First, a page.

When you inquire about a show and request information, you’ll receive a floor plan of exhibit space that’s currently available. Being a small business or a first-time exhibitor, you won’t get the prime spaces, because they go to larger exhibitors or companies who have been there before. Most of the smaller spaces are not in front or on main aisles, but that’s not all bad. One area I like to consider is either the right or the left end aisle, where a lot of the smaller spaces are located. When people attend a show, they usually start at one end aisle or the other as they go up and down the show floor. I think the least desirable area is the back aisle, unless you’re exactly in the middle of the end of another aisle. These are usually the last spaces to go, and if they’re not sold, they’re used for rest areas with chairs.
You don’t want to be close to any of your big competitors or anyone selling the same items you are. Ask the show manager who else is in your aisle and try to put in your contract that no exact duplicates of your products can exhibit in the same aisle as you will be in.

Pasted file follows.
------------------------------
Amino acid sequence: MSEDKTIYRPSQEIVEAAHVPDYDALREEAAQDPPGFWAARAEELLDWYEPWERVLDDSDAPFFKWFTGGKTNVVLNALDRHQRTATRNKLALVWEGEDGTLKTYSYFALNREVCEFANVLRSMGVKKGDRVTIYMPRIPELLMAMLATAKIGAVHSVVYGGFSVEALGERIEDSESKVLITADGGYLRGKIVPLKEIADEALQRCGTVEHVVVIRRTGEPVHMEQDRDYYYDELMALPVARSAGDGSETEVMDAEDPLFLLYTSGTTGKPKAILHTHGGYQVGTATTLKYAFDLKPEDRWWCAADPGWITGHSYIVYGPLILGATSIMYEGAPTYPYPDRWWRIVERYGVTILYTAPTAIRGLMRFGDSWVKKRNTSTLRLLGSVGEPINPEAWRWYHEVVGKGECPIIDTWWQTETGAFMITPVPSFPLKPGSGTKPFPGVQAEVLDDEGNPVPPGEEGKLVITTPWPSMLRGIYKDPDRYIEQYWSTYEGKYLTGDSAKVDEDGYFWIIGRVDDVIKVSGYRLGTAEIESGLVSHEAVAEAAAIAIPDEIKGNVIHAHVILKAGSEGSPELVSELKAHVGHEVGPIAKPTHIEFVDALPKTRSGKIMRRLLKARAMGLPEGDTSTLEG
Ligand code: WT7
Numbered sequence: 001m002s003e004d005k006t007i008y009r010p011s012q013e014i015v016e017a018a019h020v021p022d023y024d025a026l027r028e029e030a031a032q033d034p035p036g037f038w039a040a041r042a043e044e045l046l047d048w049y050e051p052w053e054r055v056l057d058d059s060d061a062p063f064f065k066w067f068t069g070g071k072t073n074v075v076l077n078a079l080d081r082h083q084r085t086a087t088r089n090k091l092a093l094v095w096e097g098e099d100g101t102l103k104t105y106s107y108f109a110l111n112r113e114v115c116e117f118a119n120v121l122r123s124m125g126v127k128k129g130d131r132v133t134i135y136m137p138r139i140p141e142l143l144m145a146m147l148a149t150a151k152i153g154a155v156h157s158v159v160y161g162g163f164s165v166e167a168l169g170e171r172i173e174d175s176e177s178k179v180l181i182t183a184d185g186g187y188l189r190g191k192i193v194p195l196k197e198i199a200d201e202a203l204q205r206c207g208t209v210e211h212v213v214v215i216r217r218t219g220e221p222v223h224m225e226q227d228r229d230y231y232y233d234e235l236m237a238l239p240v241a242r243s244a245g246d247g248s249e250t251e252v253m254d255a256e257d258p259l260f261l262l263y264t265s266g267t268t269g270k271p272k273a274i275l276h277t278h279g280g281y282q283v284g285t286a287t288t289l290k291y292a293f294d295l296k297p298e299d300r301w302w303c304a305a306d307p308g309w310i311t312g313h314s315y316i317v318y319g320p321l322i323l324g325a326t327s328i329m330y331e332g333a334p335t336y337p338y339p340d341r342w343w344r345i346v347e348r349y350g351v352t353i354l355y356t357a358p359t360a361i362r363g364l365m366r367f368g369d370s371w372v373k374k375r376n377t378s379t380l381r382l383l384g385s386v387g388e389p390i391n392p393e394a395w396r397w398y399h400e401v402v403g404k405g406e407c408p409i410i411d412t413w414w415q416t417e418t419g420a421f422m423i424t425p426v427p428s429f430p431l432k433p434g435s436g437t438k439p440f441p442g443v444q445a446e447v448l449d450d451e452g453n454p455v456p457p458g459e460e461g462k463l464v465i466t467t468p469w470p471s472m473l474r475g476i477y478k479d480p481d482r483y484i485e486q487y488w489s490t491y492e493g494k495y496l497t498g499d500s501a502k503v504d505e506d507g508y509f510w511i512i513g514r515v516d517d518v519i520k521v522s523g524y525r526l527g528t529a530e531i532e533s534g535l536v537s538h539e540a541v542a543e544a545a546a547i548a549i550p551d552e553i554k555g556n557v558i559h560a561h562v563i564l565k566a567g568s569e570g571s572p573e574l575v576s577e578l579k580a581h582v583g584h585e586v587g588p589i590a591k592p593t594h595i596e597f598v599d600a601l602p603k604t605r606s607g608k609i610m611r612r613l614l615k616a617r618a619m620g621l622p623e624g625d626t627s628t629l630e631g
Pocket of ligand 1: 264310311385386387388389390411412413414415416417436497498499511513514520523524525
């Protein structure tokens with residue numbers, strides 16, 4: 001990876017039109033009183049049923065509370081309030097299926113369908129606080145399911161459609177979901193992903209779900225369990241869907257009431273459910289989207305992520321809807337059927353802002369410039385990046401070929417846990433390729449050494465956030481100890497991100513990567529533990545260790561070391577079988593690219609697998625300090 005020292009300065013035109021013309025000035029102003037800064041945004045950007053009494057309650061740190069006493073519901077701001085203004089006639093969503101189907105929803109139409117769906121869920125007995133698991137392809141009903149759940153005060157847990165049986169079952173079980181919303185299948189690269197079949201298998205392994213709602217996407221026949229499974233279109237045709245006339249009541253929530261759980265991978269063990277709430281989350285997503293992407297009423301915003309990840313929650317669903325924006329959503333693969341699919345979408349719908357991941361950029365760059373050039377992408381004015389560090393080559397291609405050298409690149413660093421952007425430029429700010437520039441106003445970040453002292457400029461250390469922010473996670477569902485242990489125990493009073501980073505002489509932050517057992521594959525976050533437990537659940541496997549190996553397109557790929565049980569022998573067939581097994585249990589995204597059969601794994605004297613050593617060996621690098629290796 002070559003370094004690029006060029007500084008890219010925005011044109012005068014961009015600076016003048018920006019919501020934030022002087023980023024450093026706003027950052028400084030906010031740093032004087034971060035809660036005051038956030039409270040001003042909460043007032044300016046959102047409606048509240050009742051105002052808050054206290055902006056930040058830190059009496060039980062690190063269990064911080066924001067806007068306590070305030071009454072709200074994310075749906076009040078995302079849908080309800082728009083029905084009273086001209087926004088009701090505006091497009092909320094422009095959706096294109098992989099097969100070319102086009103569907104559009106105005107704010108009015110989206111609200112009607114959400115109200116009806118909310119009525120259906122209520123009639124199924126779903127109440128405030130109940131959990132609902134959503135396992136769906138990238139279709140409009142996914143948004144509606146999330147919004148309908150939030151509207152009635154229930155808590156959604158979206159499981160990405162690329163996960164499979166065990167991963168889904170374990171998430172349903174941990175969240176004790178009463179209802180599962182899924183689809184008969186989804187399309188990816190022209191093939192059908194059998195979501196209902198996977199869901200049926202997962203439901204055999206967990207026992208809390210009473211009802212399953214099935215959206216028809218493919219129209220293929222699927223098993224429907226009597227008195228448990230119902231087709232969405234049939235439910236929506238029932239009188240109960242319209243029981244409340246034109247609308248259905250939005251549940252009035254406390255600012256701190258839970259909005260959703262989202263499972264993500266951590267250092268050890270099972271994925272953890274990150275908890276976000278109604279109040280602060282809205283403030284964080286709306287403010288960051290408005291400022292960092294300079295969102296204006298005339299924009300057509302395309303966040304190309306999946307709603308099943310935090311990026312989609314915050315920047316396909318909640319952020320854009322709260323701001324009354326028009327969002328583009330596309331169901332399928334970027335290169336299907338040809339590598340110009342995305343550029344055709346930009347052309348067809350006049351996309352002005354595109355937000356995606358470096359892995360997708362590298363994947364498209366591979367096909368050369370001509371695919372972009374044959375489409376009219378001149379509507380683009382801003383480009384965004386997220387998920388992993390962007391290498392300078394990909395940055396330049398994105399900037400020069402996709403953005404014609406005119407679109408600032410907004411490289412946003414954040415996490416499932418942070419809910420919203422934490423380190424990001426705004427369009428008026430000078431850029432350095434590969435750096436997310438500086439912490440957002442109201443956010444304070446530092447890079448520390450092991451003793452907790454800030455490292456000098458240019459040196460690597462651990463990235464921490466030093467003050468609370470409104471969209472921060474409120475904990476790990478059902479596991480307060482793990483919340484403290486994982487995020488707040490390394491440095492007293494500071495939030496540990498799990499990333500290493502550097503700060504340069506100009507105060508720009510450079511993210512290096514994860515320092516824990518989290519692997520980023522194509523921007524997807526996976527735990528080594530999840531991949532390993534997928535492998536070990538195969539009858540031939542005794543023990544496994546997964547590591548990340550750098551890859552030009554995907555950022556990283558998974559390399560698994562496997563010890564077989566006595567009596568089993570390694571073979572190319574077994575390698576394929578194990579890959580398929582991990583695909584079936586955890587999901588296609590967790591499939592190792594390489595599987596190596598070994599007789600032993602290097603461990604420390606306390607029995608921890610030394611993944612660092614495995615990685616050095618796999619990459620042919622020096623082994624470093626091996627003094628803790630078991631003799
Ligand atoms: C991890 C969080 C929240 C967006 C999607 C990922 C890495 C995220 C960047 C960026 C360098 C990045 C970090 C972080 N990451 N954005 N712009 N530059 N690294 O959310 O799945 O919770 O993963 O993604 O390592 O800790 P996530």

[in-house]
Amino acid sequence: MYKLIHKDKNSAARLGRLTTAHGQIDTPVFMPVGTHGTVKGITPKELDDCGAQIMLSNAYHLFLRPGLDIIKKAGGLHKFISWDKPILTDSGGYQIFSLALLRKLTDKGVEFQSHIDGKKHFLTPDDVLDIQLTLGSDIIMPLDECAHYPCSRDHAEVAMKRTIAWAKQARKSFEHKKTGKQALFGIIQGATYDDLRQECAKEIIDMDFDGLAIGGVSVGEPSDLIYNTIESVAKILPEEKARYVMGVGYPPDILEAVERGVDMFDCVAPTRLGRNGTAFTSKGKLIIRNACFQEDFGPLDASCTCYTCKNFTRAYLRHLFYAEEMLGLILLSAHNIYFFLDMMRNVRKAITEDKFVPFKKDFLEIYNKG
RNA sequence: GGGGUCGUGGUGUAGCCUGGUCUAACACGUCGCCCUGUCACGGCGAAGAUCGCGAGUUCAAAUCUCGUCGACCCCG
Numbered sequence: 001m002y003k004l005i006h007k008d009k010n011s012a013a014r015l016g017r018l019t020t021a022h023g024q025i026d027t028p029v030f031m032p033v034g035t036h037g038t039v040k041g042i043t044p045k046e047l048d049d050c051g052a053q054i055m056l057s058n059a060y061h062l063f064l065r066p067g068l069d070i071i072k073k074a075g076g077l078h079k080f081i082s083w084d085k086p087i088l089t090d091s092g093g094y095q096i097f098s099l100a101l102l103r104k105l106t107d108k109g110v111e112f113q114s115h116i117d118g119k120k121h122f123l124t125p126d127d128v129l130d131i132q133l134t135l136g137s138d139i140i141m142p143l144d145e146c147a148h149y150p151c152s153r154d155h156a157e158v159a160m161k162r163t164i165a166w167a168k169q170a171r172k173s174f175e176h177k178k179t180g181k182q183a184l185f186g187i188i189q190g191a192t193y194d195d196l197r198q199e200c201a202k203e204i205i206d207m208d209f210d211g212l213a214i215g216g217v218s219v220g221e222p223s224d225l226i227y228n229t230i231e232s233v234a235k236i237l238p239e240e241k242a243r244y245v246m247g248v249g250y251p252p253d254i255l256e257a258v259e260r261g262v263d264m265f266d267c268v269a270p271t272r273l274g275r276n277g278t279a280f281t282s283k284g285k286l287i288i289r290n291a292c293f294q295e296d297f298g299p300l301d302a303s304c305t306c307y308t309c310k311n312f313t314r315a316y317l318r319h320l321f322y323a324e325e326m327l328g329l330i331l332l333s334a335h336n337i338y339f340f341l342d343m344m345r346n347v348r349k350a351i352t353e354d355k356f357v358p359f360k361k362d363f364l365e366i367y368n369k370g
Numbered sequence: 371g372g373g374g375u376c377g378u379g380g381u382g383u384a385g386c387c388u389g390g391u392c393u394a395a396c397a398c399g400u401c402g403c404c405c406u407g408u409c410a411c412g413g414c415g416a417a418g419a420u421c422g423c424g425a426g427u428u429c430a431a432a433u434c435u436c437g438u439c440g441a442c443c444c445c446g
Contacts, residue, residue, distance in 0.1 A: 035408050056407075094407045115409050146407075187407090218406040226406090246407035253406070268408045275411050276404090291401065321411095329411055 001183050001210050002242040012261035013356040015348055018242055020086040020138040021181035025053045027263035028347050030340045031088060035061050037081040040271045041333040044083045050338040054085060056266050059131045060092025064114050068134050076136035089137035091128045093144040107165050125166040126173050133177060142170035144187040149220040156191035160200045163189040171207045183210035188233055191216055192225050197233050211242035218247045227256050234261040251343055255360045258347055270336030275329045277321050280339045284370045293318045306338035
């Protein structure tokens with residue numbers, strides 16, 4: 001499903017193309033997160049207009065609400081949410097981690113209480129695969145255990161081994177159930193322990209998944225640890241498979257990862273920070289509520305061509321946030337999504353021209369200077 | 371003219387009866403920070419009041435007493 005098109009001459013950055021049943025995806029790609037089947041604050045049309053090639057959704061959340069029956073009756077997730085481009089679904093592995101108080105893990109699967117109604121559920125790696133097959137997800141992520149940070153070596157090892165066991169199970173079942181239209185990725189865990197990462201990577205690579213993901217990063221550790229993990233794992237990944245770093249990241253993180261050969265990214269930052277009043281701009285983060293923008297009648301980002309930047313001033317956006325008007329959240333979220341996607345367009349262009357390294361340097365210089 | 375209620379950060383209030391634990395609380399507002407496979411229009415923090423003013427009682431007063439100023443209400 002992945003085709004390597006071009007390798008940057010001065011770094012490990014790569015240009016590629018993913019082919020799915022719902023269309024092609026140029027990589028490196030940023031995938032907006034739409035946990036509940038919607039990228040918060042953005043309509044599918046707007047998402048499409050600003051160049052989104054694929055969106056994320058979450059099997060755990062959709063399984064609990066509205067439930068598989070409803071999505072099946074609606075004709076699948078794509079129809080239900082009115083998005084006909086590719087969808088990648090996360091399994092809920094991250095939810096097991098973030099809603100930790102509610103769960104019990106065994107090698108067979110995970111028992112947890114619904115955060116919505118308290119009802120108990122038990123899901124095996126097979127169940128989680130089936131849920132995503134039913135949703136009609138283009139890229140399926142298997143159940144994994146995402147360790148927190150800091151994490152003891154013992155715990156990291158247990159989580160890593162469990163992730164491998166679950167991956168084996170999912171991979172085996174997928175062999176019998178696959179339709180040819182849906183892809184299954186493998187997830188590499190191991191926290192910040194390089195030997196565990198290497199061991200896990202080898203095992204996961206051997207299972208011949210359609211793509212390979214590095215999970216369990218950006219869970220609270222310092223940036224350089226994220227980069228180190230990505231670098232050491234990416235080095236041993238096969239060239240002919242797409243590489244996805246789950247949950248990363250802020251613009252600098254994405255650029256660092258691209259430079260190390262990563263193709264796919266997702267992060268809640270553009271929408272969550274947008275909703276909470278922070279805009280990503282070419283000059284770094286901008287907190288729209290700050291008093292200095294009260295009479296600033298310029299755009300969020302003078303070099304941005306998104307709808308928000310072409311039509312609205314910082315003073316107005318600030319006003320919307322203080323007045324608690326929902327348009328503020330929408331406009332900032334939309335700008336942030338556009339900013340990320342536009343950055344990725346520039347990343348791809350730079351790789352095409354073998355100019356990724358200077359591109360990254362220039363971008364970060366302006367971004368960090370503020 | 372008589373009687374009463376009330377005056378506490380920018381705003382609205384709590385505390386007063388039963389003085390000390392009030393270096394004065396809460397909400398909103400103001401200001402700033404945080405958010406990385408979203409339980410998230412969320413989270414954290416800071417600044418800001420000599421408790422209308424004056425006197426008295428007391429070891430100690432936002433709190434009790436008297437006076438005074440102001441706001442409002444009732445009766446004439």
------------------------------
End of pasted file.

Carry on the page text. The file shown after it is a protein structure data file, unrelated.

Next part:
Being next to a large, well-known corporation’s booth is a good idea because their booth will attract a lot of visitors, which may spill over into your booth. People standing or waiting in the larger booth may see your sign and display, which they might have missed if you were located somewhere else.
You also don’t want to be anywhere in a dead-end aisle. The traffic flow will be less than half of the traffic in the other aisles, and there’s only one way in.
A corner space is great, but you may have to pay extra for it. The corner gives you exposure and entrances from two aisles, resulting in much more traffic. You just have to be sure your display will work in a space with two sides open.
Once you’ve been in a show, you’ll have an earlier chance to pick a space for that show the next year. Usually, the more years you do the same show, the earlier you get to choose your space for the next year’s show.
When you select the best space available, you’ll be asked to sign a contract and pay a deposit, which may or may not be refundable. The balance needs to be paid in full about 60 days before the show, and you can make payments as the time nears. If you’re a novice at this, you don’t want to learn by making mistakes, so ask someone else who’s been in a show for his or her help and opinion.